The semi-supergroup Golden Smog is composed of Midwestern rockers looking to get their ra-ra jones out; though they did that in spades at a fun but overlong show at the Avalon, their enthusiasm did little to rouse a less-than-half-full house, not as soused as the band and, seemingly, not as happy to be there either. It’s too bad: “Another Fine Day” (Lost Highway) is a pretty fine album, and — despite the absence of the most super member of the group, Wilco frontman Jeff Tweedy — the band’s delivery was perfectly sloppy when it needed to be and perfectly tight when songs called for a more pro delivery.
Frontmen Gary Louris and Marc Perlman (both of the Jayhawks) and Dan Murphy (Soul Asylum) tease each other, their easy energy effective on both melodically driven country-rock ballads and riff-rockers like “Hurricane,” a highlight of both the album and the show.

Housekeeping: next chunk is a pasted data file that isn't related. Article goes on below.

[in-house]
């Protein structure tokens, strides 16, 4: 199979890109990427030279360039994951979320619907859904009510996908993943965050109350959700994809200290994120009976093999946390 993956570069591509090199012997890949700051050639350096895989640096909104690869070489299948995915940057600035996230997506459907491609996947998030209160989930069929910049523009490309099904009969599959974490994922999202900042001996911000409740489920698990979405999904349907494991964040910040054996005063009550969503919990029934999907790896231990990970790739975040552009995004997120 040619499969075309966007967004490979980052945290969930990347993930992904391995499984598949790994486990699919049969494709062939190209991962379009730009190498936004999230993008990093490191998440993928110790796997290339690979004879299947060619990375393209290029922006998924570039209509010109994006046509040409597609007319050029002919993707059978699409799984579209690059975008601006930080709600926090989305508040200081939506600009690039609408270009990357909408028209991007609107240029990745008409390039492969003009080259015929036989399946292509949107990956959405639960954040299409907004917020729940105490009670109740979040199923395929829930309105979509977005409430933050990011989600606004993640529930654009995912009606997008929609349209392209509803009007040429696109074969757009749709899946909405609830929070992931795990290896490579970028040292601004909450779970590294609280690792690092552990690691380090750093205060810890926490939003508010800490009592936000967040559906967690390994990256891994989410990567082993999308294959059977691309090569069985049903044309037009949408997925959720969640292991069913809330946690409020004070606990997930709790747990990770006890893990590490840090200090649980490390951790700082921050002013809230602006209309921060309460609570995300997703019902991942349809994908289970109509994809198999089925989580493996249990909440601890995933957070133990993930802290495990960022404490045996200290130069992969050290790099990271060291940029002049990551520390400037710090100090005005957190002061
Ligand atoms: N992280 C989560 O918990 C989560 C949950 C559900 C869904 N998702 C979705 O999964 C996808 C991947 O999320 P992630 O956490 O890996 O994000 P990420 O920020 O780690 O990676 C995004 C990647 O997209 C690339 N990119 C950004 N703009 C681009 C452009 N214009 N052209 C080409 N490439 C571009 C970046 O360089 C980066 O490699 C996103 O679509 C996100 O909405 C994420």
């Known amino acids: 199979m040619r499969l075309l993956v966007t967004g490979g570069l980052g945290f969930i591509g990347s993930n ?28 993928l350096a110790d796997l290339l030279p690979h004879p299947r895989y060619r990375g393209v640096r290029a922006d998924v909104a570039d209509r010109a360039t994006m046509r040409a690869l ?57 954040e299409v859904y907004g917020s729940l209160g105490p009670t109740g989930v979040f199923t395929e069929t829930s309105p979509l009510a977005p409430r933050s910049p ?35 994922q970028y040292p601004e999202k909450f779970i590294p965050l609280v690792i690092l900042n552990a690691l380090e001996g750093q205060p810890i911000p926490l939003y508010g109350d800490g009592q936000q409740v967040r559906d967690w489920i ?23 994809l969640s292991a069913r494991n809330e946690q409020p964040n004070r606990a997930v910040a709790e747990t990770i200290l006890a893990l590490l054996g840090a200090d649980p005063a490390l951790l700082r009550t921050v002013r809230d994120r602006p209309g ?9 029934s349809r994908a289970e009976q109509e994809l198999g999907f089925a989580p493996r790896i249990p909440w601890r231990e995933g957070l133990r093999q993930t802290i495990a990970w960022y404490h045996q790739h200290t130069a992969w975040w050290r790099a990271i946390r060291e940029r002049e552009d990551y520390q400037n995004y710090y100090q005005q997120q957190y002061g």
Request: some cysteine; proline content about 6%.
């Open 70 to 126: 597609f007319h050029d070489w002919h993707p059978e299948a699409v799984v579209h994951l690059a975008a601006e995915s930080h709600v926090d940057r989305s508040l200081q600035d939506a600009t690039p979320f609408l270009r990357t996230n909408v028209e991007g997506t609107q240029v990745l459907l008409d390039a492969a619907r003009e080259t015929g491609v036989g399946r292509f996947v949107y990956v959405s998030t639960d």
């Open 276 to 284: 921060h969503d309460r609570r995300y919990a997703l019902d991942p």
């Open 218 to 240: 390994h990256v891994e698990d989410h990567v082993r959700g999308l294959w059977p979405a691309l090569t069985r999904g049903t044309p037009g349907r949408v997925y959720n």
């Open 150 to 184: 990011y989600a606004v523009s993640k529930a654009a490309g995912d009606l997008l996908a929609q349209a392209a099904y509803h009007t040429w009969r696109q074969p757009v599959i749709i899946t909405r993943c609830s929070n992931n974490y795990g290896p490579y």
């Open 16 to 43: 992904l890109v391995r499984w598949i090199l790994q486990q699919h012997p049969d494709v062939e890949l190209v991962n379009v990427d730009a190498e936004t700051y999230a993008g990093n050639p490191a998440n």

Murphy, especially, was ardent to let his singing chops shine: As the guitarist for Soul Asylum, he’s often relegated to background vocals, but his rough-hewed lead vocals made for an often provocative counterpoint to Louris and Perlman’s sweeter harmonies, and jokes about the “super” part of the group (which mostly focused on the fictional band Schnauser) were an obvious sign that Golden Smog has a sense of humor about their roots.
Still, playing to just a few hundred people in a venue built for more than a thousand is a tough proposition, and the band was obviously frustrated with their small draw.
“We’ve been up here a while — show us some love,” Perlman said, towards the end of the set — and the scattered but enthusiastic applause was far from enough to make up for the palpable, overall indifference of the room.